BellInequalityMaxQubits

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BellInequalityMaxQubits
Approximates the optimal value of a Bell inequality in qubit (i.e., 2-dimensional quantum) settings

Other toolboxes required cvx
Related functions BellInequalityMax
NonlocalGameValue
XORGameValue
Function category Nonlocality and Bell inequalities
Usable within CVX? no

BellInequalityMaxQubits is a function that computes an upper bound for the maximum possible value of a given Bell inequality in a quantum mechanical setting where the two parties each have access to qubits (i.e., 2-dimensional quantum systems). This bound is computed using the method presented in [1].

Syntax

  • BMAX = BellInequalityMaxQubits(JOINT_COE,A_COE,B_COE,A_VAL,B_VAL)
  • [BMAX,RHO] = BellInequalityMaxQubits(JOINT_COE,A_COE,B_COE,A_VAL,B_VAL)

Argument descriptions

Input arguments

  • JOINT_COE: A matrix whose $(i,j)$-entry gives the coefficient of $\langle A_i B_j \rangle$ in the Bell inequality.
  • A_COE: A vector whose $i$-th entry gives the coefficient of $\langle A_i \rangle$ in the Bell inequality.
  • B_COE: A vector whose $i$-th entry gives the coefficient of $\langle B_i \rangle$ in the Bell inequality.
  • A_VAL: A vector whose $i$-th entry gives the value of the $i$-th measurement result on Alice's side.
  • B_VAL: A vector whose $i$-th entry gives the value of the $i$-th measurement result on Bob's side.

Output arguments

  • BMAX: An upper bound on the qubit value of the Bell inequality.
  • RHO: A many-qubit quantum state that acts as a witness that verifies the bound provided by BMAX. This is the positive-partial-transpose (PPT) state described by [1].

Examples

The I3322 inequality

The I3322 inequality[2][3] is a Bell inequality that says that if $\{A_1,A_2,A_3\}$ and $\{B_1,B_2,B_3\}$ are $\{0,1\}$-valued measurement settings, then in classical physics the following inequality holds: \[\langle A_1 B_1 \rangle + \langle A_1 B_2 \rangle - \langle A_1 B_3 \rangle + \langle A_2 B_1 \rangle + \langle A_2 B_2 \rangle + \langle A_2 B_3 \rangle - \langle A_3 B_1 \rangle + \langle A_3 B_2 \rangle - \langle A_2 \rangle - \langle B_1 \rangle - 2\langle B_2 \rangle \leq 0.\] It is straightforward to check that a 2-qubit maximally-entangled Bell state allows for a value of $1/4$ in this Bell inequality. The following code verifies that it is not possible to get a value of larger than $1/4$ using $2$-dimensional systems:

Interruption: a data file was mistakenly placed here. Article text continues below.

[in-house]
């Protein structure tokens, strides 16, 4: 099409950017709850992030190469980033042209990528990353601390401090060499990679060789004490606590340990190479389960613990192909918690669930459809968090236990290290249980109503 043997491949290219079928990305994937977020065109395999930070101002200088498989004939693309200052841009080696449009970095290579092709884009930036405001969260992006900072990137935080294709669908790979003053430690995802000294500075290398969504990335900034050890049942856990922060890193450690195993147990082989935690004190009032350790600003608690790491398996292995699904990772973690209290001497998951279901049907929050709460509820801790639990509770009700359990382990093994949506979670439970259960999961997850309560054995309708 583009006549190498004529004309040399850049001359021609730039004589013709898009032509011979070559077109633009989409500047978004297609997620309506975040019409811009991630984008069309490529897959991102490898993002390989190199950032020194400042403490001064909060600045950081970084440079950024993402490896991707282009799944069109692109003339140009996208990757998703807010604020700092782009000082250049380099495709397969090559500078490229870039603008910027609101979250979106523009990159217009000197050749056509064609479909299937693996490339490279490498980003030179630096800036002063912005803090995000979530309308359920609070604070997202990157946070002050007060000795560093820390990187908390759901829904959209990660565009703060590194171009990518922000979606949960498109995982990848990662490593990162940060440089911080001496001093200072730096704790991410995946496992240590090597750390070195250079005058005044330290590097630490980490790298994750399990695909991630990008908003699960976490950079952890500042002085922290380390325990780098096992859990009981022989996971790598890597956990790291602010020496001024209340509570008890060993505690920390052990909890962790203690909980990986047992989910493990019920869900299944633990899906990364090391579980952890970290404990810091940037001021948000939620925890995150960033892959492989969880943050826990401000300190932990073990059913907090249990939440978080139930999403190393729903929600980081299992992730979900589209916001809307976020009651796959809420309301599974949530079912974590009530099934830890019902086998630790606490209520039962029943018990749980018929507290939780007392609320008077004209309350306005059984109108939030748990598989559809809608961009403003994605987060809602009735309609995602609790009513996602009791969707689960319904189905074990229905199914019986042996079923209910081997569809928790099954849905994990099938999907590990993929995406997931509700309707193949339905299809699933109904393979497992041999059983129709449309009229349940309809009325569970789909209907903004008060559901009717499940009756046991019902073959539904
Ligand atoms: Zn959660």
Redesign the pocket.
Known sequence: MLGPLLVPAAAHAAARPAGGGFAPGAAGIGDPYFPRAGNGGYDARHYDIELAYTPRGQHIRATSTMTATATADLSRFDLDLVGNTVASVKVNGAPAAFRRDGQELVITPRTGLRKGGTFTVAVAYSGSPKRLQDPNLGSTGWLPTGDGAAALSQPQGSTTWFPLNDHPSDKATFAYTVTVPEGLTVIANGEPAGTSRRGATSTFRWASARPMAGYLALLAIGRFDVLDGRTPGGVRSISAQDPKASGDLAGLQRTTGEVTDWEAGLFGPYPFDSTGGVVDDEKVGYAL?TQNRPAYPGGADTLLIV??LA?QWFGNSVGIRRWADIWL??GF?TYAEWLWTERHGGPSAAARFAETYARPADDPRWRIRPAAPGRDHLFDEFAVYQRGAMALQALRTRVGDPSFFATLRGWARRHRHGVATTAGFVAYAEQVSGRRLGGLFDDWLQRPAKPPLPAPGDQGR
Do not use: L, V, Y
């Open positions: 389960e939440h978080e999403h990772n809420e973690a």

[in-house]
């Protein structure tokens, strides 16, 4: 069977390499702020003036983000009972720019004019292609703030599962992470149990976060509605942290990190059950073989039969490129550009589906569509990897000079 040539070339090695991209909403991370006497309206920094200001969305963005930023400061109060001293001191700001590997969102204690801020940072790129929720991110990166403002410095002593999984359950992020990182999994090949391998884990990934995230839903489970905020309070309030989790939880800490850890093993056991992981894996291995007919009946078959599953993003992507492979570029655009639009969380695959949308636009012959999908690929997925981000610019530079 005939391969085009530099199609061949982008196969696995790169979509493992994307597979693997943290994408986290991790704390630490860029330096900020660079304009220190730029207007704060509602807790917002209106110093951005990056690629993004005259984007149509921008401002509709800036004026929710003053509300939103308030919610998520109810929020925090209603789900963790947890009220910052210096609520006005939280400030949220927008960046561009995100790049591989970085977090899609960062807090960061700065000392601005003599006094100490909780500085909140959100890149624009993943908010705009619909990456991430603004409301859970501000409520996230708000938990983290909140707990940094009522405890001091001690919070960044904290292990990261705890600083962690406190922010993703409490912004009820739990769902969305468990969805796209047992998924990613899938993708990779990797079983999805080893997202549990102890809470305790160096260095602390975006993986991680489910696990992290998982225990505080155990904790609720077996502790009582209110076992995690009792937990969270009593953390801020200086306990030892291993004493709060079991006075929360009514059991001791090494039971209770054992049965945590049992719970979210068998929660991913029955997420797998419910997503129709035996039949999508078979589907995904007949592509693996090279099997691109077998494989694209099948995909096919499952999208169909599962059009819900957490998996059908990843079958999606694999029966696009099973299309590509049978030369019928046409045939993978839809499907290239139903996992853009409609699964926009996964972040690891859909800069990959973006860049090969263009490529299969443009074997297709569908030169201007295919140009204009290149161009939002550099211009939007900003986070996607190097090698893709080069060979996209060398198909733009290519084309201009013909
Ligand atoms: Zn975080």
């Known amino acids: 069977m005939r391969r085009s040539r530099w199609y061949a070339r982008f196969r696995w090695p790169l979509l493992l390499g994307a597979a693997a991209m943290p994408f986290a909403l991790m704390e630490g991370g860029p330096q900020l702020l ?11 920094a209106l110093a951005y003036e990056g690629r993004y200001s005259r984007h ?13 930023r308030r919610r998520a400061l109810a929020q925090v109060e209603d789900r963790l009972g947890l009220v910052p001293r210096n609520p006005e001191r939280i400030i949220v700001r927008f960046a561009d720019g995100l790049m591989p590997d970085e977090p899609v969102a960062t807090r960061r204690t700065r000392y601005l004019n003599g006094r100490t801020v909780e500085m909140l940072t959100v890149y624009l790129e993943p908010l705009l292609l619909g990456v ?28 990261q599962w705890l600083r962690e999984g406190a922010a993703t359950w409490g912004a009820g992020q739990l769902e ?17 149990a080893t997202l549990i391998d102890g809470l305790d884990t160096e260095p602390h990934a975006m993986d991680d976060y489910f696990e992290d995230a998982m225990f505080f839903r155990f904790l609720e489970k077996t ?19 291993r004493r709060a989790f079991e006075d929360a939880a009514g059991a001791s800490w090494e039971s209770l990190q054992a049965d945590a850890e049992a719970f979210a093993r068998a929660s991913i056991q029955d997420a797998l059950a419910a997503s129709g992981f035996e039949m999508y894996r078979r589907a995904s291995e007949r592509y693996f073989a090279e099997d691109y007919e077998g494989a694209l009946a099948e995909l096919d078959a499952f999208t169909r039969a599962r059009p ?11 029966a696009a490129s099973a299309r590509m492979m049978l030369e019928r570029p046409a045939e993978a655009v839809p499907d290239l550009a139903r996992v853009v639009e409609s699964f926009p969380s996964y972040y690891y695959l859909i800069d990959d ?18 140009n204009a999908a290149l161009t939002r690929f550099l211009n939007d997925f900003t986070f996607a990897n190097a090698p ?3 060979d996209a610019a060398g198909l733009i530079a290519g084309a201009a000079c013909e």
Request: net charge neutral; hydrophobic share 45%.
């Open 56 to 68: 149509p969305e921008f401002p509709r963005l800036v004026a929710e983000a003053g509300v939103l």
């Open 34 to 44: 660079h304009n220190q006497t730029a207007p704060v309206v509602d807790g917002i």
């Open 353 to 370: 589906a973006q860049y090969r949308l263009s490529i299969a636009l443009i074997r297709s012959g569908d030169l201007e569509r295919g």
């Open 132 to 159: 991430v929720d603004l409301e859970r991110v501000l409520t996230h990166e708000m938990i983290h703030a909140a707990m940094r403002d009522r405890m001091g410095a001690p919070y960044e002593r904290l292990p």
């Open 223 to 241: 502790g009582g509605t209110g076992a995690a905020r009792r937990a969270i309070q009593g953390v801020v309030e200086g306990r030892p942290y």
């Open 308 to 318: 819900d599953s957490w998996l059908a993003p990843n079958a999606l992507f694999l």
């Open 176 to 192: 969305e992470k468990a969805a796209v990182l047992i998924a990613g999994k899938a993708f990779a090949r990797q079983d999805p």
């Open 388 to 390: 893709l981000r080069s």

>> BellInequalityMaxQubits([1 1 -1;1 1 1;-1 1 0], [0 -1 0], [-1 -2 0], [0 1], [0 1])
 
ans =
 
    0.2500

It is worth taking a look at the $I_{3322}$ example at the BellInequalityMax page to compare the computations provided there.

Source code

Click on "expand" to the right to view the MATLAB source code for this function.

  1. %%  BELLINEQUALITYMAXQUBITS    Approximates the optimal value of a 2-outcome Bell inequality in qubit (i.e., 2-dimensional quantum) settings
  2. %   This function has five required input arguments:
  3. %     JOINT_COE: A matrix whose (i,j)-entry is the coefficient of the term
  4. %                <A_iB_j> in the Bell inequality.
  5. %     A_COE: A vector whose i-th entry is the coefficient of the term <A_i>
  6. %            in the Bell inequality.
  7. %     B_COE: A vector whose i-th entry is the coefficient of the term <B_i>
  8. %            in the Bell inequality.
  9. %     A_VAL: A vector whose i-th entry is the value of the i-th measurement
  10. %            outcome on Alice's system. Must have exactly 2 entries.
  11. %     B_VAL: A vector whose i-th entry is the value of the i-th measurement
  12. %            outcome on Bob's system. Must have exactly 2 entries.
  13. %
  14. %   BMAX = BellInequalityMaxQubits(JOINT_COE,A_COE,B_COE,A_VAL,B_VAL) is an
  15. %   upper bound on the maximum value that the specified Bell inequality can
  16. %   take on in 2-dimensional quantum settings (i.e., when the two parties
  17. %   have access to qubits). This bound is computed using the method of
  18. %   arXiv:1308.3410
  19. %
  20. %   This function has now optional input arguments.
  21. %
  22. %   URL: http://www.qetlab.com/BellInequalityMaxQubits
  23.  
  24. %   requires: CVX (http://cvxr.com/cvx/), PartialTranspose.m,
  25. %             PermutationOperator.m, Swap.m
  26. %